Mattia Preti (Il Cavalier Calabrese) (Italian, 1613–1699)
Oil on canvas
81 1/8 x 72 3/4 in. (206.1 x 184.8 cm)
Purchase, Gift of J. Pierpont Morgan and Bequest of Helena W. Charlton, by exchange, Gwynne Andrews, Marquand, Rogers, Victor Wilbour Memorial, and The Alfred N. Punnett Endowment Funds, and funds given or bequeathed by friends of the Museum, 1978 (1978.402)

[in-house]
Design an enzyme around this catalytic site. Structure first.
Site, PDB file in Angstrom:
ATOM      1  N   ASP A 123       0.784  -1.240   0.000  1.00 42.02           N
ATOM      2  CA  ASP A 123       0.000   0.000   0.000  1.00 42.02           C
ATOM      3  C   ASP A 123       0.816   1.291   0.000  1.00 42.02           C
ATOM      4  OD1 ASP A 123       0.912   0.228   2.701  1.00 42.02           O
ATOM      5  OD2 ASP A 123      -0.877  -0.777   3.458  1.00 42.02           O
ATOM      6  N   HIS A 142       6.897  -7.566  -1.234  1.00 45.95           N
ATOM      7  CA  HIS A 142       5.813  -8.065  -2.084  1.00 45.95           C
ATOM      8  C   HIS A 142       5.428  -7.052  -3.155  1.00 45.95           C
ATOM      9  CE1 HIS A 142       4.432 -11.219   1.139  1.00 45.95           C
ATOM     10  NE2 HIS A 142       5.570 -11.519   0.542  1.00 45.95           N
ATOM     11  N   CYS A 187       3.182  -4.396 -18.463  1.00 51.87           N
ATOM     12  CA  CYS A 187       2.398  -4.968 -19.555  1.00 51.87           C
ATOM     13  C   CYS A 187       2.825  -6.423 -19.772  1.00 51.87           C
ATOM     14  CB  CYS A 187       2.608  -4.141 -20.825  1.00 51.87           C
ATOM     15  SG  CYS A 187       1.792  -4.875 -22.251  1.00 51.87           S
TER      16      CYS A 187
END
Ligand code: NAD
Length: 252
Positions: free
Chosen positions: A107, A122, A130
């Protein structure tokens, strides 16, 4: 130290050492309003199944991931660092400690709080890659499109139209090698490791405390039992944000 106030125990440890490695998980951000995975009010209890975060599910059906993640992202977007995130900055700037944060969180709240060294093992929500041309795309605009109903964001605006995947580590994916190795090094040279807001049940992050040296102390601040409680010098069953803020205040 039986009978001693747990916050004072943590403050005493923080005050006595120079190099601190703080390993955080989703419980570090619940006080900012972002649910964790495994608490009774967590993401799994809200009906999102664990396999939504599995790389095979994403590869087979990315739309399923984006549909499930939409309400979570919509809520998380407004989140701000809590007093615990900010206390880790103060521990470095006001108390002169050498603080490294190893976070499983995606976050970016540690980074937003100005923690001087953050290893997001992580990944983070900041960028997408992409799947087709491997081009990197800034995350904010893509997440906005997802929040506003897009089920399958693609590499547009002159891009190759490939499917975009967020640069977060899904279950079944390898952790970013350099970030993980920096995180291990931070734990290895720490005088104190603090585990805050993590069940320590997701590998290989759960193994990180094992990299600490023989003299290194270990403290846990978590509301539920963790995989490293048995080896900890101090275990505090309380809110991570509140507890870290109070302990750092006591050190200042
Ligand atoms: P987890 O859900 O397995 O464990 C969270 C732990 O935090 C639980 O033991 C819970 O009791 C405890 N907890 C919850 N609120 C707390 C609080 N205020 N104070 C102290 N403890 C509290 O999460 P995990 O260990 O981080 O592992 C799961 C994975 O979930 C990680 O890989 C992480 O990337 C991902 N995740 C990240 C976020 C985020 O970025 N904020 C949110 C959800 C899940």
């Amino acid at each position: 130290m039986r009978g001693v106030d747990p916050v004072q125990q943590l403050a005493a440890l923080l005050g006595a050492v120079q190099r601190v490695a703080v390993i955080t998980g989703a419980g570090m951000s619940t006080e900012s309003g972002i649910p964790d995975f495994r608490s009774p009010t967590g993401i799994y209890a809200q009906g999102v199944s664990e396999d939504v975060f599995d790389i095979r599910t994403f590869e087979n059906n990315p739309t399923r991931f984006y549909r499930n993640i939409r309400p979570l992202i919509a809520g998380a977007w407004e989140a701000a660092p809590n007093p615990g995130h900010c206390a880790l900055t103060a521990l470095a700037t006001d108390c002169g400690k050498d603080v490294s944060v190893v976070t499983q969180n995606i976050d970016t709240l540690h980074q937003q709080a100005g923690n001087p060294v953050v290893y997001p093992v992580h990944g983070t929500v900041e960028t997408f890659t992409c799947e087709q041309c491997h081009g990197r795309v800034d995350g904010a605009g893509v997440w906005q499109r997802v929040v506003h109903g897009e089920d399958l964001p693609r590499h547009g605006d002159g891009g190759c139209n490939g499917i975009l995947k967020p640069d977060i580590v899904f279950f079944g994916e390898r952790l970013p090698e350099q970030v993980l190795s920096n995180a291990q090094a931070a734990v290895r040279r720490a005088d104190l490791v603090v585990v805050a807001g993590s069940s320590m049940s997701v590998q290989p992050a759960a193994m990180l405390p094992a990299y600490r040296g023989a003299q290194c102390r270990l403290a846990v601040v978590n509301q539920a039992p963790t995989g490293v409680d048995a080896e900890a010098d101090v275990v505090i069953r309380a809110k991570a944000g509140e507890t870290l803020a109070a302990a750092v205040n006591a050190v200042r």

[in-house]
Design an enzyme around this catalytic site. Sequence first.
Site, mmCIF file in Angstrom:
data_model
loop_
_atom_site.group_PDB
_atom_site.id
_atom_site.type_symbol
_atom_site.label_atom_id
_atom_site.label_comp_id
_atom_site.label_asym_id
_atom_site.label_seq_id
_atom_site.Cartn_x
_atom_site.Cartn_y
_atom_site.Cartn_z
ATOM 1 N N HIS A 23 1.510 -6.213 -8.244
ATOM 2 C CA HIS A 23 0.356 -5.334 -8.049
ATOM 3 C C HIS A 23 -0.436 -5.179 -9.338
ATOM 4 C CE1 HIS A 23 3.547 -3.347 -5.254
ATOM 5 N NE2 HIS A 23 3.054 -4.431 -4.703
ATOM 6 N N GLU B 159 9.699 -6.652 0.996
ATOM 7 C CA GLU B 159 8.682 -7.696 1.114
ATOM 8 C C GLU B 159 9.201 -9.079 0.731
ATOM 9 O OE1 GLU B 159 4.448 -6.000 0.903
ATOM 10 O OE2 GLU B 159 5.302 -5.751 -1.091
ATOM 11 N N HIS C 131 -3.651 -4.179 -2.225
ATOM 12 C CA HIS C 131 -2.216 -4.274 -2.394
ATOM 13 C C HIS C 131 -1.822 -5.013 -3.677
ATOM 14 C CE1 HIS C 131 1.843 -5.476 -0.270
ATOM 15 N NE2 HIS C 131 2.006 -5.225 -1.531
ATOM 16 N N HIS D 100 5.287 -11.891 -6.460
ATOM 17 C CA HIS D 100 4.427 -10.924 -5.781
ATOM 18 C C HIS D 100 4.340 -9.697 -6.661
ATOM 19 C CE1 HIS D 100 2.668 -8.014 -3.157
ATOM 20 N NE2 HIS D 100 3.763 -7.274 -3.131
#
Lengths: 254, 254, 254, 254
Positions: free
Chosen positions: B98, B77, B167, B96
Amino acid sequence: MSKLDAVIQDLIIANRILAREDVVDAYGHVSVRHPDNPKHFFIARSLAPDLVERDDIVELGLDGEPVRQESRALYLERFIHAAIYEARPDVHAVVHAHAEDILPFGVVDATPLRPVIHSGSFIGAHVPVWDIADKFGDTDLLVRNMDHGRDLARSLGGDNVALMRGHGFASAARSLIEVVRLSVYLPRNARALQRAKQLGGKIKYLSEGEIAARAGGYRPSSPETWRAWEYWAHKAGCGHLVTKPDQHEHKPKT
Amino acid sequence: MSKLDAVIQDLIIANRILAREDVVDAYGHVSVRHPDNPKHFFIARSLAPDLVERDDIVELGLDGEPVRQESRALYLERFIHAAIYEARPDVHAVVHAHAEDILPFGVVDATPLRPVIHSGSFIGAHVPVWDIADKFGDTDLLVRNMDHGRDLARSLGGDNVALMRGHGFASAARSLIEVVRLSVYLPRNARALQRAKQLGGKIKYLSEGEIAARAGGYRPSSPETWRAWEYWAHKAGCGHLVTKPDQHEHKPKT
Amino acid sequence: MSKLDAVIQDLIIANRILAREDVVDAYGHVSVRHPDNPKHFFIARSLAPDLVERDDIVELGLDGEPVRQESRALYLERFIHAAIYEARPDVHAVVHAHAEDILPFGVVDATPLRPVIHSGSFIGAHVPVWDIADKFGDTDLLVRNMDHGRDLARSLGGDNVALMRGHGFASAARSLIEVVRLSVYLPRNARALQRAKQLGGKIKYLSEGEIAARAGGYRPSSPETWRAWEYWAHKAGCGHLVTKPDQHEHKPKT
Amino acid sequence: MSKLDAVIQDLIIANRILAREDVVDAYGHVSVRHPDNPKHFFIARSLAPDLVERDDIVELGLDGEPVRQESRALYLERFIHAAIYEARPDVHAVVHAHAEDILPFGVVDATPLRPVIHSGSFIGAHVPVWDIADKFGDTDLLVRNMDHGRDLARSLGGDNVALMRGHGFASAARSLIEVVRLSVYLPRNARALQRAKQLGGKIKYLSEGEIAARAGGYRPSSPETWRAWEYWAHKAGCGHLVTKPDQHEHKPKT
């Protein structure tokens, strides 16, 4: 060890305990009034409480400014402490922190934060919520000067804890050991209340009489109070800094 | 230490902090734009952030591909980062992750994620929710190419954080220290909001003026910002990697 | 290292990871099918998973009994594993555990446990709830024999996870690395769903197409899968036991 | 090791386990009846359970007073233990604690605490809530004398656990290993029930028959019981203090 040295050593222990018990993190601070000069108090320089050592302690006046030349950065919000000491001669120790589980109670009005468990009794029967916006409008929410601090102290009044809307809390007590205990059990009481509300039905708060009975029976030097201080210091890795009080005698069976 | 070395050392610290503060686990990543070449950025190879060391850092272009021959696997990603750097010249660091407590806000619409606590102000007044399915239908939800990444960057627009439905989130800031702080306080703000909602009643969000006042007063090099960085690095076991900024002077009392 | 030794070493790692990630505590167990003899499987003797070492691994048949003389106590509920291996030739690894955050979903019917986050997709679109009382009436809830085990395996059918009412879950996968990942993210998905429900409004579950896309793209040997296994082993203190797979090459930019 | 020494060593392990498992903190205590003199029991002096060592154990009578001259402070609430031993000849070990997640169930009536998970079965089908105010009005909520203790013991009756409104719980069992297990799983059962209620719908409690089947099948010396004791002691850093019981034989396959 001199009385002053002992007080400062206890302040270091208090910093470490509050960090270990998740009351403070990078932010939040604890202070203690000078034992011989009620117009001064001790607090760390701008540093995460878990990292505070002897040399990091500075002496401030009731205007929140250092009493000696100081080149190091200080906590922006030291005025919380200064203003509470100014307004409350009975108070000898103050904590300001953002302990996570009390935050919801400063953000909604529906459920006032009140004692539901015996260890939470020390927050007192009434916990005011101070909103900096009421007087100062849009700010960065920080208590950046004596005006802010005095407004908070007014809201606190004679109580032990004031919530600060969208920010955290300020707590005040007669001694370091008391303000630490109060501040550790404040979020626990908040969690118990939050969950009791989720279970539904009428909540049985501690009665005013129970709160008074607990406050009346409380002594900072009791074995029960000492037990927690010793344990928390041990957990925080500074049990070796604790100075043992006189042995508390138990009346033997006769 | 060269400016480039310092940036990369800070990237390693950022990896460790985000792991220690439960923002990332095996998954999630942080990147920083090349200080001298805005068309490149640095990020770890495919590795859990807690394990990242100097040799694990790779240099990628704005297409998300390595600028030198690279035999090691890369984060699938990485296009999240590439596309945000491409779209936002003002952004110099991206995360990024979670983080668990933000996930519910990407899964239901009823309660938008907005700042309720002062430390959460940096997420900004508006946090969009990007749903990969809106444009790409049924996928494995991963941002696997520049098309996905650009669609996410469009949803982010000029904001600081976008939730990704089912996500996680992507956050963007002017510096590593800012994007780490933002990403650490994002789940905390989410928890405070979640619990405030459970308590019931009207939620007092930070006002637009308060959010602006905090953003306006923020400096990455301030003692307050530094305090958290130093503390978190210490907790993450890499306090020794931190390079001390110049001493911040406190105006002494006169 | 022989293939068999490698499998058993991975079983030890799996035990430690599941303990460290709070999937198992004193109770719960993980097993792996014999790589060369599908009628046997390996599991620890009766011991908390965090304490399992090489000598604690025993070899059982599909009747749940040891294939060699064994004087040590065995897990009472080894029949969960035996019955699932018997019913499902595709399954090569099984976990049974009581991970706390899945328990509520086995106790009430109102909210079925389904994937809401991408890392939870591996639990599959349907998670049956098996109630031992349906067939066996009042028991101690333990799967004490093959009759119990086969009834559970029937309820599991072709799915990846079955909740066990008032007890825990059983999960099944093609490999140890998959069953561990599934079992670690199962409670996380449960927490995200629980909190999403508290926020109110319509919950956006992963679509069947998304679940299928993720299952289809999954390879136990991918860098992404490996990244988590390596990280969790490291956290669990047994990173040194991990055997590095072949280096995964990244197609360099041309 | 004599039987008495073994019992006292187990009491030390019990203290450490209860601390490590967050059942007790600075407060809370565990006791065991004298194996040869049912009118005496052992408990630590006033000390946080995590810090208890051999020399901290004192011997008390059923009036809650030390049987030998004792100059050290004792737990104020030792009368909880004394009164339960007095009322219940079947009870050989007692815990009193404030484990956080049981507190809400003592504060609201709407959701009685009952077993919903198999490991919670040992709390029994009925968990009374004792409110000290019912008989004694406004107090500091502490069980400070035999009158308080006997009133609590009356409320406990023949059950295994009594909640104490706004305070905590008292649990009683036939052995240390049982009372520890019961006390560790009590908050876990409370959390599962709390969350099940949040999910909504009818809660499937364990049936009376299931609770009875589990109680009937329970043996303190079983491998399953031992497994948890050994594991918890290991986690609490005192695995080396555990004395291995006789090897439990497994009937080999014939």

The painting illustrates Matthew 27:2426: "When Pilate saw that he could prevail nothing, but that rather a tumult was made, he took water, and washed his hands before the multitude, saying, 'I am innocent of the blood of this righteous person. See ye to it.'" The picture is mentioned in two letters addressed by Preti to the Sicilian collector Don Antonio Ruffo in 1663. Preti moved to Malta in 1661 to decorate the vault of the Church of San Giovanni, Valetta, and the following year he finished for Ruffo a companion to Rembrandt's Aristotle with a Bust of Homer, now in the Museum's collection. In the present painting, the type of feigned architectural frame is similar to those used in the San Giovanni decorations, but the directed light and psychological concentration seem to derive from the Aristotle, which Preti probably knew from a drawing. The picture was not purchased by Ruffo but may have been owned by the Rospigliosi family in Rome.